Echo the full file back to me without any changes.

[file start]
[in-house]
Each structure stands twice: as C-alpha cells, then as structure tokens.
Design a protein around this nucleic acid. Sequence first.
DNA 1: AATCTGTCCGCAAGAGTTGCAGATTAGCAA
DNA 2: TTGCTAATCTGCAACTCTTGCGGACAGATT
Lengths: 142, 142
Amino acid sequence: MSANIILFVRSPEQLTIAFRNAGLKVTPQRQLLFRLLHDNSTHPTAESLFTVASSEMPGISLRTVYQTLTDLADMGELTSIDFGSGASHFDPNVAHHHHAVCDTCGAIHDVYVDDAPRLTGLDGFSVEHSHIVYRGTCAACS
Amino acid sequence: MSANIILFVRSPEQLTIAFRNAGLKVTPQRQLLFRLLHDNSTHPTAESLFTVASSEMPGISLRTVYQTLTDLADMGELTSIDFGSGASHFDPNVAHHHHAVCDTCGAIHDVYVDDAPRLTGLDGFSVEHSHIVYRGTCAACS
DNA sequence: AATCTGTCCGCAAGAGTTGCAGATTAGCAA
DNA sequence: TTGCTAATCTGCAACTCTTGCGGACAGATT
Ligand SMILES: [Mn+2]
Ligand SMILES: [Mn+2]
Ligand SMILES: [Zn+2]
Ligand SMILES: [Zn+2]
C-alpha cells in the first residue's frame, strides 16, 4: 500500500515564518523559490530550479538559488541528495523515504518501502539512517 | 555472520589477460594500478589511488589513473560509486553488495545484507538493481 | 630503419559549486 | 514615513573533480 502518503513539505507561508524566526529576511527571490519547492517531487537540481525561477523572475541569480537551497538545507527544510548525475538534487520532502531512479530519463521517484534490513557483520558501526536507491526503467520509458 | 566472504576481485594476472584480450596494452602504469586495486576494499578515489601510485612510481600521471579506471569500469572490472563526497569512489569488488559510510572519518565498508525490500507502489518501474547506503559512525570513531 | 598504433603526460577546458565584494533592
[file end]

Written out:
[in-house]
Each structure stands twice: as C-alpha cells, then as structure tokens.
Design a protein around this nucleic acid. Sequence first.
DNA 1: AATCTGTCCGCAAGAGTTGCAGATTAGCAA
DNA 2: TTGCTAATCTGCAACTCTTGCGGACAGATT
Lengths: 142, 142
Amino acid sequence: MSANIILFVRSPEQLTIAFRNAGLKVTPQRQLLFRLLHDNSTHPTAESLFTVASSEMPGISLRTVYQTLTDLADMGELTSIDFGSGASHFDPNVAHHHHAVCDTCGAIHDVYVDDAPRLTGLDGFSVEHSHIVYRGTCAACS
Amino acid sequence: MSANIILFVRSPEQLTIAFRNAGLKVTPQRQLLFRLLHDNSTHPTAESLFTVASSEMPGISLRTVYQTLTDLADMGELTSIDFGSGASHFDPNVAHHHHAVCDTCGAIHDVYVDDAPRLTGLDGFSVEHSHIVYRGTCAACS
DNA sequence: AATCTGTCCGCAAGAGTTGCAGATTAGCAA
DNA sequence: TTGCTAATCTGCAACTCTTGCGGACAGATT
Ligand SMILES: [Mn+2]
Ligand SMILES: [Mn+2]
Ligand SMILES: [Zn+2]
Ligand SMILES: [Zn+2]
C-alpha cells in the first residue's frame, strides 16, 4: 500500500515564518523559490530550479538559488541528495523515504518501502539512517 | 555472520589477460594500478589511488589513473560509486553488495545484507538493481 | 630503419559549486 | 514615513573533480 502518503513539505507561508524566526529576511527571490519547492517531487537540481525561477523572475541569480537551497538545507527544510548525475538534487520532502531512479530519463521517484534490513557483520558501526536507491526503467520509458 | 566472504576481485594476472584480450596494452602504469586495486576494499578515489601510485612510481600521471579506471569500469572490472563526497569512489569488488559510510572519518565498508525490500507502489518501474547506503559512525570513531 | 598504433603526460577546458565584494533592